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Charles River Basin Master Plan
Boston, Cambridge, Watertown, MA

Goody, Clancy and Associates, The Halvorson Company, The Metropolitan District Commission

Herb Nolan, ASLA
Senior Landscape Architect, Goody, Clancy & Associates
334 Boylston Street
Boston, MA 02116
Tel. 617-262-2760;
Fax 617-262-9512

Project Purpose

Create the first comprehensive master plan in 60 years to guide the 8.5-mile, 90-year old Basin through the next century and create new layers of advocacy that will help ensure the park's future vitality in a time of diminished public resources. Do this by:

  • Striking a careful balance between preserving the Basin's historic landscape (inspired by the plans of Charles Eliot) and reshaping it to meet modern recreational uses and needs so that it can continue to provide a tranquil oasis for over 20,000 daily users;
  • Making specific recommendations that consider and fully integrate the complex weave of resources in five areas: historic resources, natural resources, the river, parklands, and parkways; and
  • Making the many users the key focus of the plan.

Role of the Landscape Architect

The Master Plan was a truly collaborative effort among (I) a multi-disciplinary team of consultants- lead by a landscape architect with urban design expertise; (2) the regional park authority client; and (3) thousands of volunteers through an intensive public participation program. The core consultant team - including experts in urban design, landscape architecture, preservation, engineering, environmental concerns, and transportation - worked extensively with the public to educate them about the Basin's condition and needed repairs and improvements, and in turn, listened closely to and incorporated the user's needs and aspirations.

Special Factors

The Charles River Basin is the heart of one of the country's pre-eminent urban park systems and an internationally recognized model of regional park planning. It is the defining feature for at least 12 urban neighborhoods, numerous businesses, and some of the leading institutions of higher education in the nation. It encompasses a dizzying array of interwoven historic and natural resources, including 2 dams, 1.500 linear feet of granite seawall, 18 miles of parkways, 17 bridges, 12 smaller parks, 3.5 acres of marshland, more than 32 miles of pathways, 9 public boat landings, 19 boathouses, and 20 recreational facilities, as well as hundreds of different plant and animal species.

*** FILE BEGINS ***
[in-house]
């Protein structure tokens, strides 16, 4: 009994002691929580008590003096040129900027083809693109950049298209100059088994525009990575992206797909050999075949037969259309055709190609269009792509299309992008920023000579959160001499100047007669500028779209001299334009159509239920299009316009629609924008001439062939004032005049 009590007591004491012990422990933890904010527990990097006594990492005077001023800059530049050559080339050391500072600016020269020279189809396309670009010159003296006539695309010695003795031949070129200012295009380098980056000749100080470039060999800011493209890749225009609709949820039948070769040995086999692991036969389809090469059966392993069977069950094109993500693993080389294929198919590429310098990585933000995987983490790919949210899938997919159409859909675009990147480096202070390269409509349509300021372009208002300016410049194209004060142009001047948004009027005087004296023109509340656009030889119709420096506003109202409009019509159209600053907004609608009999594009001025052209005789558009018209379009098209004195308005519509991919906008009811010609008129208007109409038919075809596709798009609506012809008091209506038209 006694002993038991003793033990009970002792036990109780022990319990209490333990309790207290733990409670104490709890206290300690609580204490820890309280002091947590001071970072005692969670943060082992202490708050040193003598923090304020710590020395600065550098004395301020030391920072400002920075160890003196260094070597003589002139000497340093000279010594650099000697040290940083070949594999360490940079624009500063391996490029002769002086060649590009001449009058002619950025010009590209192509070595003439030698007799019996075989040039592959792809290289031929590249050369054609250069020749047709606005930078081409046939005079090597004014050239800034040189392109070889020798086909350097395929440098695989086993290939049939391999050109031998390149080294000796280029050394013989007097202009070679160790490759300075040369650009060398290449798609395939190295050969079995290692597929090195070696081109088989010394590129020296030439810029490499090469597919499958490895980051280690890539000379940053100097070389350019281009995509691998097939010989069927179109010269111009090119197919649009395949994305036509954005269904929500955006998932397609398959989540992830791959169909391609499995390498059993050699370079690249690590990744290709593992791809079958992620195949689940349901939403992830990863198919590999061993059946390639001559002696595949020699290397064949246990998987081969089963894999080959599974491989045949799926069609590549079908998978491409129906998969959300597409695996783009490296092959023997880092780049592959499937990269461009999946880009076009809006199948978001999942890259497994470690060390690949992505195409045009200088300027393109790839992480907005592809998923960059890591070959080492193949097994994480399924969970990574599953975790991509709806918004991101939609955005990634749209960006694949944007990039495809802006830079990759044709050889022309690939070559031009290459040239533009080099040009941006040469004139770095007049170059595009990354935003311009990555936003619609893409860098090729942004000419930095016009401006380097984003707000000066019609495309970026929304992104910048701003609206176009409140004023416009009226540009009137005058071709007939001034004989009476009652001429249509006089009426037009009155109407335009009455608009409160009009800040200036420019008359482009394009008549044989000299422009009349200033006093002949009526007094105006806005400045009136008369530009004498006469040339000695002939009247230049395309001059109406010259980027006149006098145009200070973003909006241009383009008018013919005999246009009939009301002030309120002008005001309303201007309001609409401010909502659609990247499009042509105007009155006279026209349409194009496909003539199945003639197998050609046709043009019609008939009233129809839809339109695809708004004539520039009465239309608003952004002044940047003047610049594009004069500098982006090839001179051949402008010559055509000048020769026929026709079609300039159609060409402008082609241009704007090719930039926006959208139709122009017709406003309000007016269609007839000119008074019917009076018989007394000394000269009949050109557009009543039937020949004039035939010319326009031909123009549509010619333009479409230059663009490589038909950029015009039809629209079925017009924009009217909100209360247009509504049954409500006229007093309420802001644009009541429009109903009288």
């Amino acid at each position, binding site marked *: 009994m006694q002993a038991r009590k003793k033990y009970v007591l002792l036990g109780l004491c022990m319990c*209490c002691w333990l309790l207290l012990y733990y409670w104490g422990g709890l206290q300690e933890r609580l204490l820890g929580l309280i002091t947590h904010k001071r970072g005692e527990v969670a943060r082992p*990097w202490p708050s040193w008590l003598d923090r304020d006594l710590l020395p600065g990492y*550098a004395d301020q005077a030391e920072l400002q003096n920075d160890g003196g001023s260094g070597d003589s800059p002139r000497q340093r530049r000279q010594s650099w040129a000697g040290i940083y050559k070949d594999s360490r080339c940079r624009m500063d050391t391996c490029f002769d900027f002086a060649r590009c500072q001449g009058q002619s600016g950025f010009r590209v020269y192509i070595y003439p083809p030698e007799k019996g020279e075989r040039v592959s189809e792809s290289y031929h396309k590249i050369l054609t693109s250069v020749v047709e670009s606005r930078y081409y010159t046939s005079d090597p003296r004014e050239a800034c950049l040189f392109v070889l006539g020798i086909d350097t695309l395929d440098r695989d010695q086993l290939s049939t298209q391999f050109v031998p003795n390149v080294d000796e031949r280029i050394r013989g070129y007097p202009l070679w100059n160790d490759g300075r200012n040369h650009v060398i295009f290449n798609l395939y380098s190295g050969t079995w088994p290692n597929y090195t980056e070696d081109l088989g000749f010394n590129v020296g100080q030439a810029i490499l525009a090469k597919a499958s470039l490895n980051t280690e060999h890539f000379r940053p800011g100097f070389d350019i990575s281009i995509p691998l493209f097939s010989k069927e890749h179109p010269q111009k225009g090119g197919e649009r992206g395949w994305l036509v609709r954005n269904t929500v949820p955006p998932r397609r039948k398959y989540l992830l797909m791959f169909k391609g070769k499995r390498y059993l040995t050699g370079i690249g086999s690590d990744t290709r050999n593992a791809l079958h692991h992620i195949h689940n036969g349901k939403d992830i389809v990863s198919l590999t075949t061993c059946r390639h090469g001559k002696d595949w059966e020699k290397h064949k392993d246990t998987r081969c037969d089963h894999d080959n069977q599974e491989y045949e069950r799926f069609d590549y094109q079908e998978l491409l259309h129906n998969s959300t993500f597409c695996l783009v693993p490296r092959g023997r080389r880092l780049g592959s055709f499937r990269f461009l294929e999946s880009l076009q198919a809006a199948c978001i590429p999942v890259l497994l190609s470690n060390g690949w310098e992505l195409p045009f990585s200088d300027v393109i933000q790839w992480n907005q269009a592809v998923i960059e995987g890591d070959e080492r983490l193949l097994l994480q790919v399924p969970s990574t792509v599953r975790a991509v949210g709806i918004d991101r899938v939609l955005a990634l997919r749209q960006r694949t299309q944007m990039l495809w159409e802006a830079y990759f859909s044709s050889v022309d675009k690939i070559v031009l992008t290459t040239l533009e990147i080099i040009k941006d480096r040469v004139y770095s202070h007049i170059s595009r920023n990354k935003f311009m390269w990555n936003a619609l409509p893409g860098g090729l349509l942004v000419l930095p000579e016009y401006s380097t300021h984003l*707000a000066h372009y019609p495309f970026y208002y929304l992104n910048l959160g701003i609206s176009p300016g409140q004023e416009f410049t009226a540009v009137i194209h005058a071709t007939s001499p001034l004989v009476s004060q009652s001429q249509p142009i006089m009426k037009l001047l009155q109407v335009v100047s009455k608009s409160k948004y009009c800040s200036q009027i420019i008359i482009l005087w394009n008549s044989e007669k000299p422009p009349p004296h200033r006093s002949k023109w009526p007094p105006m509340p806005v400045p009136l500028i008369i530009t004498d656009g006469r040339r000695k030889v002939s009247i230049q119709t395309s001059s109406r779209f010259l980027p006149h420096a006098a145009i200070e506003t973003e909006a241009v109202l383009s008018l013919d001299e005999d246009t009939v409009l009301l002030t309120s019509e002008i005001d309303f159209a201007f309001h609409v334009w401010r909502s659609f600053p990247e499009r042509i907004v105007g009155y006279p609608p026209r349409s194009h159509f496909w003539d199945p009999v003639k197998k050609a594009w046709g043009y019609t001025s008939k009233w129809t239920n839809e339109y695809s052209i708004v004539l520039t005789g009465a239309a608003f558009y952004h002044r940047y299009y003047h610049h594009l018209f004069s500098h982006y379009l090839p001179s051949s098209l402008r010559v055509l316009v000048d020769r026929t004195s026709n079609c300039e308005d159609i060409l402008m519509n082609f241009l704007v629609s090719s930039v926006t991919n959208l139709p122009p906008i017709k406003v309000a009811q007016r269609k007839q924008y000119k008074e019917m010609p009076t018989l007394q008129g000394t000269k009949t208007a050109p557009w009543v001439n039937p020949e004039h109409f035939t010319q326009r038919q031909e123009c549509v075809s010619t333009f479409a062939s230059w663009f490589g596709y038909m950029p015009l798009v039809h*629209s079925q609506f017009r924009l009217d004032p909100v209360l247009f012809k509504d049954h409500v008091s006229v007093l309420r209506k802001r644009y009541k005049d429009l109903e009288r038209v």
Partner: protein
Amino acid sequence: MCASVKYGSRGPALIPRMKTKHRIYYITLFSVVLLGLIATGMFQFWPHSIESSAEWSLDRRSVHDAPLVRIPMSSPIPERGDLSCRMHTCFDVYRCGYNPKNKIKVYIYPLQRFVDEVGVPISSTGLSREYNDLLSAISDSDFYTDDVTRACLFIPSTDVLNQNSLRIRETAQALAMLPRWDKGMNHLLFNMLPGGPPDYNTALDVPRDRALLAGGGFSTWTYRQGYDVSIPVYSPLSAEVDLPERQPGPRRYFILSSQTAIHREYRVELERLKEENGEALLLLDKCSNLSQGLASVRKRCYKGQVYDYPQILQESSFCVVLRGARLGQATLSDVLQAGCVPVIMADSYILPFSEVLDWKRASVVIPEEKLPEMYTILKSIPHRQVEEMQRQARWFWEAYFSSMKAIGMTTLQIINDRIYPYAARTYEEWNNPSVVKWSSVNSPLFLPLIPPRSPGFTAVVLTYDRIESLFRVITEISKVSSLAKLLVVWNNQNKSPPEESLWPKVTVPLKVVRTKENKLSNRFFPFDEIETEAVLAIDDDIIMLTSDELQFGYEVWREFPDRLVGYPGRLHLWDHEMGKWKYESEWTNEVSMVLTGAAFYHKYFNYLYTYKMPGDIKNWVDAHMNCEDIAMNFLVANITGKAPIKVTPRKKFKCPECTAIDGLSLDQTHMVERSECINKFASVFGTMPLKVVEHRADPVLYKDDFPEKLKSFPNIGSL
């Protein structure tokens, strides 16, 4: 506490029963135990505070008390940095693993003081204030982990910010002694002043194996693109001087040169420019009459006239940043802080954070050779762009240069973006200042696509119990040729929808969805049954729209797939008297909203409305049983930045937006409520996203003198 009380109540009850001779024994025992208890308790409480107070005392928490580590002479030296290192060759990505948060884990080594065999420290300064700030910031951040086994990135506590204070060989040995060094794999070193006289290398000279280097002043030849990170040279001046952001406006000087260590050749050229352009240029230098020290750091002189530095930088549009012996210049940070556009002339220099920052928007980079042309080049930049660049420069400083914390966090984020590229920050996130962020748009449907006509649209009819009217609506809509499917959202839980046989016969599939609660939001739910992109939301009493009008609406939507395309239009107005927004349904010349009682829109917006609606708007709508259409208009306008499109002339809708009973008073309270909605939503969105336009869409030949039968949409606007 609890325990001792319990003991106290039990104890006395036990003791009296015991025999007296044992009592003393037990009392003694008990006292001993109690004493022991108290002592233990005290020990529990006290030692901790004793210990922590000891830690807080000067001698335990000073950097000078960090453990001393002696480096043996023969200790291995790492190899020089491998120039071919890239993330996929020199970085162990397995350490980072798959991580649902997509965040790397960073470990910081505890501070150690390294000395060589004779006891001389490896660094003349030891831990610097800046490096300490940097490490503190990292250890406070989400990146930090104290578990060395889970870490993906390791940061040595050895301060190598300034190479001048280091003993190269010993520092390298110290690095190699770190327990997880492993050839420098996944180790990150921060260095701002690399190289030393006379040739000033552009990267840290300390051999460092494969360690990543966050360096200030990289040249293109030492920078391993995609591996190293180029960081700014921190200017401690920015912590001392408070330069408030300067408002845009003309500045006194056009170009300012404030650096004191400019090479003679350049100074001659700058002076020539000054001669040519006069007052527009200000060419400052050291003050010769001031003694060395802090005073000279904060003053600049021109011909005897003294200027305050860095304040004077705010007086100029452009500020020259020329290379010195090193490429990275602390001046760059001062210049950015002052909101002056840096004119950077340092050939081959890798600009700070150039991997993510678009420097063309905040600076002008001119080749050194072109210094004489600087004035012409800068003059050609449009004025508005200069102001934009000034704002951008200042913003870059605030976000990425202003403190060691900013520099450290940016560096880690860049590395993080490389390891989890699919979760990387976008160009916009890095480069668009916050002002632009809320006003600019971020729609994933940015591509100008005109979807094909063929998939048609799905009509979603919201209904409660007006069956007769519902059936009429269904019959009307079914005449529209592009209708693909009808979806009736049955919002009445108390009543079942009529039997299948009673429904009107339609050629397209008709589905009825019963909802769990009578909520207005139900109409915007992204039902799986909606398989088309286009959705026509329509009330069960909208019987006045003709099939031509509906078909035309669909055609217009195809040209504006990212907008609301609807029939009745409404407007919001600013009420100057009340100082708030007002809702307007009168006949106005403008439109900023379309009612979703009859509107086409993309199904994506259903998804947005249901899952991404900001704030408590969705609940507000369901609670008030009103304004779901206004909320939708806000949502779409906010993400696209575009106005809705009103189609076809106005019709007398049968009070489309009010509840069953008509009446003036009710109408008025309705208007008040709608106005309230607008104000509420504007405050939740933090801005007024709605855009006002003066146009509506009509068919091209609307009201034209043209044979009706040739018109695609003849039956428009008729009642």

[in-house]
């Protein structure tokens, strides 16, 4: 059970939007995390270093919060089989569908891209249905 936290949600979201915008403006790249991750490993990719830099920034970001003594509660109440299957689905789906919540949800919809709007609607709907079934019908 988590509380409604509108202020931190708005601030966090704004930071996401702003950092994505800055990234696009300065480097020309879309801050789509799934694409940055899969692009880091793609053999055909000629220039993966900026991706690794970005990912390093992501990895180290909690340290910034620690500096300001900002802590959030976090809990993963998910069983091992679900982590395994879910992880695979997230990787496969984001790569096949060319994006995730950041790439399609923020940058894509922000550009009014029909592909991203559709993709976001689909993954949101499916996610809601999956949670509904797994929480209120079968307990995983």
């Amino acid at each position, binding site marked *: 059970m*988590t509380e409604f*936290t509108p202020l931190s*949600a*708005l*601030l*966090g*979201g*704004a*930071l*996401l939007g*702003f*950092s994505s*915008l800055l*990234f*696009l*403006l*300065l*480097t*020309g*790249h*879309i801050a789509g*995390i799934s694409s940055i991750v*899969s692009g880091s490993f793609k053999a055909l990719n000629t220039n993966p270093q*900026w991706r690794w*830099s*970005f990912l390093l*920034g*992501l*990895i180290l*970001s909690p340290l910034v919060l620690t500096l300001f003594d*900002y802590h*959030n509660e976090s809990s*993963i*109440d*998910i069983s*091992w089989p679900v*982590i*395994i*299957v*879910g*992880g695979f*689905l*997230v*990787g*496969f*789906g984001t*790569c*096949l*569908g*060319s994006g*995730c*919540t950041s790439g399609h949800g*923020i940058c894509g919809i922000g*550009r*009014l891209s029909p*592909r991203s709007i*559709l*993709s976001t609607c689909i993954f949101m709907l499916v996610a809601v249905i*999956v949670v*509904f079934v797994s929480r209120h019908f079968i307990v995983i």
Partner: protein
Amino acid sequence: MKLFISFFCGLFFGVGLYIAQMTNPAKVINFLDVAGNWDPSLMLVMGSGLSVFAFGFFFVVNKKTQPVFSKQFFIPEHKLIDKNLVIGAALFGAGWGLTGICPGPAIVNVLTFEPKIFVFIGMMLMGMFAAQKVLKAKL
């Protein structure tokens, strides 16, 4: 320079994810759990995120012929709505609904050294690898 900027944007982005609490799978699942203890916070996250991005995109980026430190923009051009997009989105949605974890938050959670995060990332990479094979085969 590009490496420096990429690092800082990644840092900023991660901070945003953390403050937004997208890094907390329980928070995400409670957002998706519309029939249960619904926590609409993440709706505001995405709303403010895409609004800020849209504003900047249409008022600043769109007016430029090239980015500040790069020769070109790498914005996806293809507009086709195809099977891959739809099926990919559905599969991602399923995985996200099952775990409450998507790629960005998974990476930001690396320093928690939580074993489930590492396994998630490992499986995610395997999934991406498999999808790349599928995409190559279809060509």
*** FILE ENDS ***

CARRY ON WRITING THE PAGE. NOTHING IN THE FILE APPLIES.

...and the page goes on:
Intensive use and decades of limited funding, reduced park staffing, and deferred maintenance have resulted in severely compacted and worn grounds, crumbling historic bridges and landings, dying trees, overcrowded pathways, river views choked off and plant diversity reduced by invasive weeds. Other challenges included:

  • Interjecting a highly public process into a plan that originally was created through "dictatorial" planning methods.
  • Finding ways to reclaim the original plan's pleasure drives, landscapes, and river access that have been overwhelmed by the modern automobile.
  • Reasserting the park's original role of providing a tranquil and natural environment in the midst of urban turmoil for what IS now more than 20,000 daily users.


Two years in the making, the Master Plan's comprehensive guide and action plan are based upon careful multi-disciplinary analysis, from checking river channel depths to analyzing environmental remediation efforts to making intersection traffic counts. The Plan addresses the Basin's multiple functions, including serving as a major metropolitan road system, a major center for regional and local events, a critical system of pathways for commuters and recreational users, and a key water channel requiring carrying capacity for a large variety of commercial and recreational purposes. The Plan's recommendations seek to reconnect the Basin to Its neighborhood context through reopening vistas and pathways to the surrounding neighborhoods and other open spaces and parks. It shows environmental responsibility, recommending water quality improvements for a swimmable and fishable River by 2005, reducing paved surfaces to reduce runoff, restoring wetlands, and taking early action steps to remediate a neighboring superfund site. Intensive public workshops, the use of aerial photography and sophisticated graphics to help visualize necessary changes, and educating the public to view the Basin as a complex living system all represent the Plan's compelling use of landscape architectural techniques to build a constituency for years to come. The Plan, designed and lead by a landscape architect, will guide the management of Boston's most significant open space system for the next 50 years, and through its public participation process and advocacy program, create a virtual public classroom for the importance of landscape planning.

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